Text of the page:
The 2018 Dodge Grand Caravan scores with its capable V6, Stow'n'Go seats, and strong value proposition. But it's dated and lags behind competitors, offering poor safety features, cheap interior materials, and disappointing ride quality.

Best Value

The 2018 Grand Caravan models range in price from $27,345 for a base SE to over $36,000 for a fully-optioned, range-topping SXT. All are front-wheel drive and equipped with a 3.6-liter V6 paired with a six-speed automatic. On the safety front, a rearview camera is standard, but advanced features like adaptive cruise control, automatic emergency braking, blind-spot monitoring, rear cross-traffic alert, and lane departure warning are unavailable.

With an eye towards the Grand Caravan's value proposition, we'd choose the base SE model that offers the usual power features as well as keyless entry, front and rear air conditioning, third row Stow'n'Go seating, a 6.5-inch touchscreen, and heated outside mirrors. Keeping things simple, we'd only add second row folding seats and an upgrade to the infotainment system that includes Bluetooth connectivity.

Here's how we'd build it

  • Model: 2018 Dodge Grand Caravan SE
  • Engine: 3.6-liter V6
  • Output: 283 horsepower / 260 lb-ft
  • Transmission: Six-speed automatic
  • Drivetrain: Front-wheel drive
  • MPG: 17 City / 25 Hwy
  • Options: Uconnect Hands-Free Group ($690, Bluetooth, leather-wrapped steering wheel and shift knob, auto-dimming rearview mirror with microphone, remote USB port, steering wheel audio controls), Second-Row Buckets with Fold-in-Floor Seats ($995)
  • Base Price:$27,345 (including a $1,095 destination charge)
  • Best Value Price:$29,030


Dodge Grand Caravan

The Grand Caravan's V6 offers crisp acceleration and pairs nicely with FCA's quick-shifting, six-speed automatic. The engine is quiet and, even over rough surfaces, exterior sound levels are fairly muted.

But the highlight reel ends there as the outdated chassis allows torque steer to rear its ugly head – the front-wheel-drive layout is easily overpowered by the V-6's abundant power – while the suspension, tuned for control, produces a buckboard-like ride that transmits even the slightest road imperfections to interior trim panels.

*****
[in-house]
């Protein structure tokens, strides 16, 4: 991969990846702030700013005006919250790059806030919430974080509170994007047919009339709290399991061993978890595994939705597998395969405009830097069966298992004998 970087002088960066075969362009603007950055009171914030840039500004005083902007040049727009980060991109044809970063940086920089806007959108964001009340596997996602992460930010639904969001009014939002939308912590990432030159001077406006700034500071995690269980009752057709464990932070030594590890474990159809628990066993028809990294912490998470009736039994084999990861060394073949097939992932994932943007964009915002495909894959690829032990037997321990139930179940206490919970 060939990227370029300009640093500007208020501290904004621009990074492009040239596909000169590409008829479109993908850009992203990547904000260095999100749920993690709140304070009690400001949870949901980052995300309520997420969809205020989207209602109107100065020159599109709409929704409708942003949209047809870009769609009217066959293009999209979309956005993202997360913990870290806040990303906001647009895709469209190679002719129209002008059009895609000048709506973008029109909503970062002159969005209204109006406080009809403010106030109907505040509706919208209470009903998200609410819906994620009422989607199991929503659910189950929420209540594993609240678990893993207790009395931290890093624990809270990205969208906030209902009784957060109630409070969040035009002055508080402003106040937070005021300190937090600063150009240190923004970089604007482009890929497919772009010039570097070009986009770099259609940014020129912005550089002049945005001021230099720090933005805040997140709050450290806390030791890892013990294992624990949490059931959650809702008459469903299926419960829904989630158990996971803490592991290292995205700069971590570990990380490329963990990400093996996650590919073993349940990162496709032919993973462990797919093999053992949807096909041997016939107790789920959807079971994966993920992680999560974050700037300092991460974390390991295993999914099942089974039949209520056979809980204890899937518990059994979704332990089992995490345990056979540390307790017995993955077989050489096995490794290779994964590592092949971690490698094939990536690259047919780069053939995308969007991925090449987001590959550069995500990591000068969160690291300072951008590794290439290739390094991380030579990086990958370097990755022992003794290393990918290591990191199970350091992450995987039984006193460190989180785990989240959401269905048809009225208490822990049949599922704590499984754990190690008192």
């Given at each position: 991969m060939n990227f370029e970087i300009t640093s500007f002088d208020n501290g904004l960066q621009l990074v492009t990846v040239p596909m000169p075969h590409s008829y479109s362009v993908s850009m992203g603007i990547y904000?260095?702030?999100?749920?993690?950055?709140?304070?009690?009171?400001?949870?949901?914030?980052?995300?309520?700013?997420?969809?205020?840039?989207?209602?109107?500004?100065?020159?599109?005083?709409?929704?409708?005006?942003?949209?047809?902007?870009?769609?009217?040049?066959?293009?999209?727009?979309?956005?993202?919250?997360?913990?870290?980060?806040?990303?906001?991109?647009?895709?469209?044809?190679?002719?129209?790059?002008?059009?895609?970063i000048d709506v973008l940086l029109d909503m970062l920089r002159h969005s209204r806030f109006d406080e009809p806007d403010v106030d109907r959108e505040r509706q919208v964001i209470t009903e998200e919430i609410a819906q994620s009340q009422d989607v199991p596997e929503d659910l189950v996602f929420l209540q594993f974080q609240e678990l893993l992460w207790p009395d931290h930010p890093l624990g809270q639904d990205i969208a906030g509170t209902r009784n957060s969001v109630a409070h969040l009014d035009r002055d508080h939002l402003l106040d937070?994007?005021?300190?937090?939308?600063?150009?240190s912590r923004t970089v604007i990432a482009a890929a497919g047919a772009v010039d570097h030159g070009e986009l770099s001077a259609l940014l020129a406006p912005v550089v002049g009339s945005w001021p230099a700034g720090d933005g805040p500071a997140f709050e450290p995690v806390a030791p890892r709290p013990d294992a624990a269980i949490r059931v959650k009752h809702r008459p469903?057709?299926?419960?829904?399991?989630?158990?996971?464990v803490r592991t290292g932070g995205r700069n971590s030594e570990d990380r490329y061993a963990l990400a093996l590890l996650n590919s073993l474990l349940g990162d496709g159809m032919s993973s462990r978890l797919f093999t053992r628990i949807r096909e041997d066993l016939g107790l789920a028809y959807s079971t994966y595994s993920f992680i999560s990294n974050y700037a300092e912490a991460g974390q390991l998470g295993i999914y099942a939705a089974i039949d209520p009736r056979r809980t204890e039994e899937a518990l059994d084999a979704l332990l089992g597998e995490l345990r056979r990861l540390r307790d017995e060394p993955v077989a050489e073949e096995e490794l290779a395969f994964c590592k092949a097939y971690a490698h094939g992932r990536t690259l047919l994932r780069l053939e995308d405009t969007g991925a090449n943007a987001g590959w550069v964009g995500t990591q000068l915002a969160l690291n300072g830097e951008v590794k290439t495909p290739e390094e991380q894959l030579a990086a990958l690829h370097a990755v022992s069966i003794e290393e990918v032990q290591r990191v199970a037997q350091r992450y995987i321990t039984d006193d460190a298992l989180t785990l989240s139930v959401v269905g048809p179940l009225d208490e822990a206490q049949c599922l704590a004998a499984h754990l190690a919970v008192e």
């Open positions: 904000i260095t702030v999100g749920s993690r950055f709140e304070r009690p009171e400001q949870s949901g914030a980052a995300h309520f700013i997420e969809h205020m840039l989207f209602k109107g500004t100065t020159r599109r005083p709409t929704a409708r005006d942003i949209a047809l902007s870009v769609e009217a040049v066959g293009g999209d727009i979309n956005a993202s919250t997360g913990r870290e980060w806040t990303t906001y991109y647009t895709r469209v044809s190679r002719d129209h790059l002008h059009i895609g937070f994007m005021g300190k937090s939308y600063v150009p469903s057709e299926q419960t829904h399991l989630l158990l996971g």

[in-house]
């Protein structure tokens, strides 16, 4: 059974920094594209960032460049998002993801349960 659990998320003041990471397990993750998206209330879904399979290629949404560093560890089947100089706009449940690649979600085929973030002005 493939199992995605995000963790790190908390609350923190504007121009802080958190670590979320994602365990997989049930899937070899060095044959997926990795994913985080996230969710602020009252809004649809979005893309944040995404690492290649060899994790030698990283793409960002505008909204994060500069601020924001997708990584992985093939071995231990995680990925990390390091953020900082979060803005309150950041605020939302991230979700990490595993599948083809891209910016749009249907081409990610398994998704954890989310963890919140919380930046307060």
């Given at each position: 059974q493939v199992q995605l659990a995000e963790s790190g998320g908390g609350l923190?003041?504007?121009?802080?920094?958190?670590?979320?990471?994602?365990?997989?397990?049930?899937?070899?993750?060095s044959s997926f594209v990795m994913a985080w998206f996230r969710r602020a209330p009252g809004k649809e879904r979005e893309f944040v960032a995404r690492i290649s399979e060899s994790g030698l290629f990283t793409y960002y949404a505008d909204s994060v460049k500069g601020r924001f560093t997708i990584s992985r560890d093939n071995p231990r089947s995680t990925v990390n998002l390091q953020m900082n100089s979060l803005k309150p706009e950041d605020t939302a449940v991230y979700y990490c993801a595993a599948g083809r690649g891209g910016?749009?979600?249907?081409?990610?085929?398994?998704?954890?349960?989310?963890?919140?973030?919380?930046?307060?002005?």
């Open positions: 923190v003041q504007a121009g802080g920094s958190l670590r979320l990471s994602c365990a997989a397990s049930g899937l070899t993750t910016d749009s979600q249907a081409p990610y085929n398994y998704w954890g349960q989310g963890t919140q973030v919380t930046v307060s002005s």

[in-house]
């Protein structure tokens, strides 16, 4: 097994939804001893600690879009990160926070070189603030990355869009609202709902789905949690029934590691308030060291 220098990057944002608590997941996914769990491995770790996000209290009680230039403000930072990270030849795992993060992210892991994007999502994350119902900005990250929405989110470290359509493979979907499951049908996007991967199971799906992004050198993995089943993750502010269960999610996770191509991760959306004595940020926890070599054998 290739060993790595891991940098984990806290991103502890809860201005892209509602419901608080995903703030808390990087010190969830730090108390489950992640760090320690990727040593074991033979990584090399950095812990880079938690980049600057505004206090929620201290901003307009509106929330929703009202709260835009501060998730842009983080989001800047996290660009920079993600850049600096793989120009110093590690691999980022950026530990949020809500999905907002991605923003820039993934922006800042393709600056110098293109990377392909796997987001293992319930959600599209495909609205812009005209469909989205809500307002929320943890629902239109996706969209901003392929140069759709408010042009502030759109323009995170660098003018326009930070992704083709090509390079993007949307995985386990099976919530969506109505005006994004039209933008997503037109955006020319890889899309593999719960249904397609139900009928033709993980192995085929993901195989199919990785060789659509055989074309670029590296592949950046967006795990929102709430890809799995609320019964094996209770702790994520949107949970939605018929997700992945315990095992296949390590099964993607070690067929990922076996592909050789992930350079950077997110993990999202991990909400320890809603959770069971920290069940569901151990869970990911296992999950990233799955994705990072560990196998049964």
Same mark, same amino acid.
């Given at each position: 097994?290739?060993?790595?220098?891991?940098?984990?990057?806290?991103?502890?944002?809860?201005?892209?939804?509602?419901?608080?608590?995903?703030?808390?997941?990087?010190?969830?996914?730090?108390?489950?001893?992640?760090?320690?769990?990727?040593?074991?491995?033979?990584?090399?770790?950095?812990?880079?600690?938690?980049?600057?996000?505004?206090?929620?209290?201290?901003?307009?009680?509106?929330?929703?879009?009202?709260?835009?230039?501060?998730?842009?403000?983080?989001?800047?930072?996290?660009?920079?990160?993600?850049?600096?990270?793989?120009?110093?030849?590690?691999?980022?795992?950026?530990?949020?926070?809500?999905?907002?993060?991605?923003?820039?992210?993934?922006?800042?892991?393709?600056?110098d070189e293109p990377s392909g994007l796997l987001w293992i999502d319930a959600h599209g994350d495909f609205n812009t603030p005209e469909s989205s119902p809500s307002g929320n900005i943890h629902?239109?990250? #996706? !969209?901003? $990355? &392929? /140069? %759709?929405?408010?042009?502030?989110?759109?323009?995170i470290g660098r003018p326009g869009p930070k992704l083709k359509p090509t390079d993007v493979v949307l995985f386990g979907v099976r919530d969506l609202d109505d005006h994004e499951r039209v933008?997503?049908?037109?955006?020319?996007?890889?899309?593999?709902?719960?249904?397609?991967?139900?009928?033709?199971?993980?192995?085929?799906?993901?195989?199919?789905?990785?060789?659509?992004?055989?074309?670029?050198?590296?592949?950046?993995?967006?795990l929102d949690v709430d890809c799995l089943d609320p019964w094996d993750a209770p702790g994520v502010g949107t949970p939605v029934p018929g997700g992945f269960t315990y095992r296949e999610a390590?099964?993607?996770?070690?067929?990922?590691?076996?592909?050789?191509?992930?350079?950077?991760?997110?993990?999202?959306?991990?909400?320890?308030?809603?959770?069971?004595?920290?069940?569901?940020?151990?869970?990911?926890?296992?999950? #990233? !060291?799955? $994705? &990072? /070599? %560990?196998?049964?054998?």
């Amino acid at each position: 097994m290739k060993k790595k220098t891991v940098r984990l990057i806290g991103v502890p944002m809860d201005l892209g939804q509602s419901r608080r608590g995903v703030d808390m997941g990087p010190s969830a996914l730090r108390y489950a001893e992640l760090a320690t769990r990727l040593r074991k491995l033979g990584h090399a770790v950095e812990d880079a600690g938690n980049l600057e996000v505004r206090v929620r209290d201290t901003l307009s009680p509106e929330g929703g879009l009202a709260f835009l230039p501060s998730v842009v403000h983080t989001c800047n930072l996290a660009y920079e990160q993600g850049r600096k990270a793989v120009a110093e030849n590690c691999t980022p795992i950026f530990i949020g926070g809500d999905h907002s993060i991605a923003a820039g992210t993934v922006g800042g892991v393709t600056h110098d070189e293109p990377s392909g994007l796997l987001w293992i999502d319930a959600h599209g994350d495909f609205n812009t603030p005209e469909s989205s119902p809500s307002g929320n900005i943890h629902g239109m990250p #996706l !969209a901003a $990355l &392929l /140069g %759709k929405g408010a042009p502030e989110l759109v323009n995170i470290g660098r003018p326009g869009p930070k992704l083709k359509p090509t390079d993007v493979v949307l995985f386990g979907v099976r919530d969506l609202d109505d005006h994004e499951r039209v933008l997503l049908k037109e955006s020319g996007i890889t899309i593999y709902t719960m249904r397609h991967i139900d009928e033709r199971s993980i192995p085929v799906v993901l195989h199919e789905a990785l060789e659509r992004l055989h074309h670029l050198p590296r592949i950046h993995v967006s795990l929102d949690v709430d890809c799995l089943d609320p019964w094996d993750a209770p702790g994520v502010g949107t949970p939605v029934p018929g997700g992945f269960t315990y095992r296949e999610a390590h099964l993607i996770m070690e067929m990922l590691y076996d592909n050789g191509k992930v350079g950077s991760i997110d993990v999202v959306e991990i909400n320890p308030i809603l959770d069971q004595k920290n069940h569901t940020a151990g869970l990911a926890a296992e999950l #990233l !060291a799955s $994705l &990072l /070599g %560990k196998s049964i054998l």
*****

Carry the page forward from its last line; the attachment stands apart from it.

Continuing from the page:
A boxlike exterior surrounds a roomy interior with plenty of storage options, decent visibility, and front seats with great adjustment options. In addition to the requisite fold-into-the-floor third row, the Grand Caravan's available Stow'n'Go middle row (standard on SXT) performs the same magic – eliminating the need to haul seats out for more space, while providing additional under floor storage when the seats are being used.

At the same time, the Grand Caravan's dull, outdated exterior has been eclipsed by competitors that include the Chrysler's own Pacifica, while the interior – trimmed with soft-touch surfaces on top of doors and the dash – cedes every other surface to cheap-looking hard plastics.

The Best and Worst Things

Minivan versatility at this price point makes the Grand Caravan an intriguing value proposition, but that means putting up with outdated styling, a budget-grade interior, and a buckboard-like ride.

Right For? Wrong For?

Dodge Grand Caravan

The Grand Caravan's combination of price and features should appeal to value-conscious family buyers.

A boxy exterior and cheap, dour interior will have style conscious buyers taking a pass.

The Bottom Line

Despite its strong V6 power, versatile Stow'n'Go seats, and value proposition, the Grand Caravan's dated looks, low-rent interior, and poor ride quality keep it from being a true contender in its class. Leave this one as a last resort at the rental car desk.